Whence it follows, “And the blind and the lame came to him in the temple, and he healed them.”

Origen: For in the temple of God, that is in the Church, all have not eyesight, nor do all walk uprightly, but only they who understand that there is need of Christ and of none other to heal them; they coming to the Word of God are healed.

Remig.: That they are healed in the Temple signifies, that men cannot be healed but in the Church, to which is given the power of binding and loosing.

Jerome: For had He not overthrown the tables of the money-changers and the seats of them that sold doves, the blind and the lame would not have deserved that their wonted sight and power of motion should be restored to them in the temple.

Chrys.: But not even thus were the Chief Priests convinced, but at His miracles and the shouts of the children they had indignation.

Jerome: For, not daring to lay hands on Him, the Priests defame his works, and the testimony of the children who cried, “Hosanna to the Son of David, blessed is he that cometh in the name of the Lord,” as though this might be said to none but to the Son of God only. Let then Bishops and all holy men take heed how they suffer these things to be said to them, if this is charged as a fault in Him who is truly Lord to whom this was said, because the faith of the believers was not yet confirmed.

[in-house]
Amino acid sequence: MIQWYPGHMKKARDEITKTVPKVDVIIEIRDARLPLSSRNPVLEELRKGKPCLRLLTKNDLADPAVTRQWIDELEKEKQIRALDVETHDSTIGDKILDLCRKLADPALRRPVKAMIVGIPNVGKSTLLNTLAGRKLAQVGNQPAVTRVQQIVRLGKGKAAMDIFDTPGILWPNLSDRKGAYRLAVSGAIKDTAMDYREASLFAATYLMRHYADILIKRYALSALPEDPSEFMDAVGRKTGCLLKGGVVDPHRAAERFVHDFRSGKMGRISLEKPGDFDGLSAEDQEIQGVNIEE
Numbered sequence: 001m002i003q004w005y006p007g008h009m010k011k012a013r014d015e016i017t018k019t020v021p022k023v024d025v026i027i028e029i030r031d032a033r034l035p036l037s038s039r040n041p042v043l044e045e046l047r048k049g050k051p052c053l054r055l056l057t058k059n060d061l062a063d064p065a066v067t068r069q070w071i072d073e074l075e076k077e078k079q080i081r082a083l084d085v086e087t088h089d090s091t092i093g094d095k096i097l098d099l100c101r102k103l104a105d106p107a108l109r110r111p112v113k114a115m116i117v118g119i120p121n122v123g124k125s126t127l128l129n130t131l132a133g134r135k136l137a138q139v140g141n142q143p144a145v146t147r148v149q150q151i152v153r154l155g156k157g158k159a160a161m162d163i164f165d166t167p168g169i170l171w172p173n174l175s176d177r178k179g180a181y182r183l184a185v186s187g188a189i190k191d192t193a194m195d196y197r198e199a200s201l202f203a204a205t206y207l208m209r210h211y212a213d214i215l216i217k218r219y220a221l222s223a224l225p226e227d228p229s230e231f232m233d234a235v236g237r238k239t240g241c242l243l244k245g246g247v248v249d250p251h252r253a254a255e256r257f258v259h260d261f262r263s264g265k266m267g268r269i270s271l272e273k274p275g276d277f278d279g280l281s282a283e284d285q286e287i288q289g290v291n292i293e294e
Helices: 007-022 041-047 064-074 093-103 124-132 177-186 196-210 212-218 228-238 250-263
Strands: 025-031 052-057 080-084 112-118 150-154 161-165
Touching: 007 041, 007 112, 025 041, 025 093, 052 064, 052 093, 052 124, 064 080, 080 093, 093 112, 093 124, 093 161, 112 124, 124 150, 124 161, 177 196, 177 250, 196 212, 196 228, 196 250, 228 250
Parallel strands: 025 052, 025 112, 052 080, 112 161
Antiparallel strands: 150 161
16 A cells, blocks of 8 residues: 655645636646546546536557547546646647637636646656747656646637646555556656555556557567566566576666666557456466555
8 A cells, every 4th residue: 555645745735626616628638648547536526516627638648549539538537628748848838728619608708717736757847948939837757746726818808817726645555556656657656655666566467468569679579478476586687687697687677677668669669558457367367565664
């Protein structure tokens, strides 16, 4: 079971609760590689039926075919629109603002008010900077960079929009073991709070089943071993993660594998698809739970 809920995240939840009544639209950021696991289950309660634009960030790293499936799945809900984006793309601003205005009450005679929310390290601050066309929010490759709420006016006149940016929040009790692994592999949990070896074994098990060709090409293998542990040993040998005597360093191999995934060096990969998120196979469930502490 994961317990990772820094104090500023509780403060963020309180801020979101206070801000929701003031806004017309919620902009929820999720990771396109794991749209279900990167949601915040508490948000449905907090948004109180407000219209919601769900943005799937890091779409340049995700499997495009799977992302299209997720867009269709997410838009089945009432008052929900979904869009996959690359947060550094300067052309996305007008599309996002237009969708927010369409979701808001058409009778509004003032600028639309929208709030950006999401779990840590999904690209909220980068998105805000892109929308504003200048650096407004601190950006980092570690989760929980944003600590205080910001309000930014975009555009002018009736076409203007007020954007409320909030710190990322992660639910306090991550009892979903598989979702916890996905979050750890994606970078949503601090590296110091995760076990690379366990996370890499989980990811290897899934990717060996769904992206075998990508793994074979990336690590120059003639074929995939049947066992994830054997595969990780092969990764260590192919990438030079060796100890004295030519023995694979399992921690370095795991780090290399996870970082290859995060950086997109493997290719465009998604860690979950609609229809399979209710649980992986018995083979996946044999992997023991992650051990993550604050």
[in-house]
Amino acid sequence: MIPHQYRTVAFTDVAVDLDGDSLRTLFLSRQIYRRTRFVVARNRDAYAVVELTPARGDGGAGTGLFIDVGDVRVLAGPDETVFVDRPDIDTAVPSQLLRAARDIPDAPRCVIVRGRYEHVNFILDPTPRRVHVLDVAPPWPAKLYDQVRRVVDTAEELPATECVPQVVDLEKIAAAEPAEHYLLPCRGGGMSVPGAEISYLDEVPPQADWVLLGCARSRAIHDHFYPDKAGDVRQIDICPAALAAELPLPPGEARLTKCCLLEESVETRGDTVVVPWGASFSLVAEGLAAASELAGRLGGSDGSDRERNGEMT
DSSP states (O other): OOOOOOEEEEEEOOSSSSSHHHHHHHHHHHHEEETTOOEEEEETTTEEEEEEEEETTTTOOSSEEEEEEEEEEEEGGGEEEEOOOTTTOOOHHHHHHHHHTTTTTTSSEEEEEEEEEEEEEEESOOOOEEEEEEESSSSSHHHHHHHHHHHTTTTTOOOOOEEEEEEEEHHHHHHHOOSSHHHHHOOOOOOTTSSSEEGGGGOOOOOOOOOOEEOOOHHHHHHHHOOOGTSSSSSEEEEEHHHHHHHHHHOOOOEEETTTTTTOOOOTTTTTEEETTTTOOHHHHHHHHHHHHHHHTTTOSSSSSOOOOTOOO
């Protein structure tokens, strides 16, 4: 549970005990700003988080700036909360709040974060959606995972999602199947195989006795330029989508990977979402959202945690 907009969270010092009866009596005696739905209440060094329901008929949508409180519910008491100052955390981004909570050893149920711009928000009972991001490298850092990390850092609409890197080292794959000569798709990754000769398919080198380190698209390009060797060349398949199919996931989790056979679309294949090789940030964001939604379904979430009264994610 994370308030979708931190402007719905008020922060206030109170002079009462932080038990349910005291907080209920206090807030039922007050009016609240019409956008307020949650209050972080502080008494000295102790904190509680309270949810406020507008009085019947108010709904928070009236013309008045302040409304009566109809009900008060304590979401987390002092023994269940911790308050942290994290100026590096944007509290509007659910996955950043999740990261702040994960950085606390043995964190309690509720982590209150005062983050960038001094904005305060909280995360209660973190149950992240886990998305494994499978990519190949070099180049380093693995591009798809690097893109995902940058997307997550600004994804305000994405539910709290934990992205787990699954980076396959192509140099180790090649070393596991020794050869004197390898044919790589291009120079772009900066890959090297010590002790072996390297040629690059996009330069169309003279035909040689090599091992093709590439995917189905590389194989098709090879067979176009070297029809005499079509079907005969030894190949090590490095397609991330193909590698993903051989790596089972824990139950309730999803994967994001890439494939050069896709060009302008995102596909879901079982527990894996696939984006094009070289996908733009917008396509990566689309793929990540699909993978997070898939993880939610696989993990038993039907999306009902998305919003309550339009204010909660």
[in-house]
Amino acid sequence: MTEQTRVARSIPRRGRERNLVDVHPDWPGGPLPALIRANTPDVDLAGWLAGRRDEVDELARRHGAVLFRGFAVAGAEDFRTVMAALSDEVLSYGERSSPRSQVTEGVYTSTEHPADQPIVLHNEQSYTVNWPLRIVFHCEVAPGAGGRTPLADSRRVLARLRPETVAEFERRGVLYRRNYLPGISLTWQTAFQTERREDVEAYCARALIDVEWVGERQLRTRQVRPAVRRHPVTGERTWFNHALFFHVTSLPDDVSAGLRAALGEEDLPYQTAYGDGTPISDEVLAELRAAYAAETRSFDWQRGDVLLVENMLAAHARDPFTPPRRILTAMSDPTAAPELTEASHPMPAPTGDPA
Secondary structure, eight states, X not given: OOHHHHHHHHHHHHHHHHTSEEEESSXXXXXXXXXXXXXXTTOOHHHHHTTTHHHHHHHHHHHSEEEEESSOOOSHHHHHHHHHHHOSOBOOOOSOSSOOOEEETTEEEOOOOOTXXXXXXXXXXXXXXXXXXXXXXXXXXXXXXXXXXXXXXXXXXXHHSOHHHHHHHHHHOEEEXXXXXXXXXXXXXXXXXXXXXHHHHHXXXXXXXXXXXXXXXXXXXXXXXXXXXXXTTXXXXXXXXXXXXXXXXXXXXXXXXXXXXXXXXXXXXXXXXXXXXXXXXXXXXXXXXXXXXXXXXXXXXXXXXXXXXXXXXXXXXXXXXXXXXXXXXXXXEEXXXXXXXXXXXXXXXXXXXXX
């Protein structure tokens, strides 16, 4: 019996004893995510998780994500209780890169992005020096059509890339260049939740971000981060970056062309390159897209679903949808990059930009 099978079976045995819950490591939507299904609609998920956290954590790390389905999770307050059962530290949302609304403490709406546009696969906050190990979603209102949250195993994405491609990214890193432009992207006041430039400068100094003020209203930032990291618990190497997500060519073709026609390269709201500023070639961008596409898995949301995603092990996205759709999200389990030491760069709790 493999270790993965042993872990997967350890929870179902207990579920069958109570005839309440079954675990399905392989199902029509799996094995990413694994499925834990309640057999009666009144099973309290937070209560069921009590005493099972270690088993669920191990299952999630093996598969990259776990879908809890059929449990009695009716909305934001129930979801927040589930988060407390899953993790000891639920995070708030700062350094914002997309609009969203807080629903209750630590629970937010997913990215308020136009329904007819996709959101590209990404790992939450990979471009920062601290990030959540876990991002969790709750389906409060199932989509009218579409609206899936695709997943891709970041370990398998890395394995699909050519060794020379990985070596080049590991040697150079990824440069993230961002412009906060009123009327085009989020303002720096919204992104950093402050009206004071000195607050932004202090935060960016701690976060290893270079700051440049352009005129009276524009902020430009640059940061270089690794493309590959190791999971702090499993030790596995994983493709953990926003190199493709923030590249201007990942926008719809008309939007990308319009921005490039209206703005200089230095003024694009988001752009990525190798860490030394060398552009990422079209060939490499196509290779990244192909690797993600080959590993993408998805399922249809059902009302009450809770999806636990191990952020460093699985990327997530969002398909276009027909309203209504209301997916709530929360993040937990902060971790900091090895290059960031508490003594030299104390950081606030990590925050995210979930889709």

Pseudo-Chrys.: For as a pillar a little out of the perpendicular, if more weight be laid upon it, is driven to lean still more to one side; so also the heart of man when once turned aside, is only stirred the more with jealousy by seeing or hearing deeds of some righteous man. In this way the Priests were stirred up against Christ, and said, “Hearest thou what these say?”

Jerome: But the answer of Christ was cautious. He spake not what the Scribes would fain have heard, The children do well that they bear witness to me; nor on the other hand, They do what is wrong, they are but children, you ought to be indulgent to their tender years. But He brings a quotation from the eighth Psalm, [Psa_8:2] that though the Lord were silent, the testimony of Scripture might defend the words of the children, as it follows, “But Jesus said unto them, Yea, have ye never read, &c.”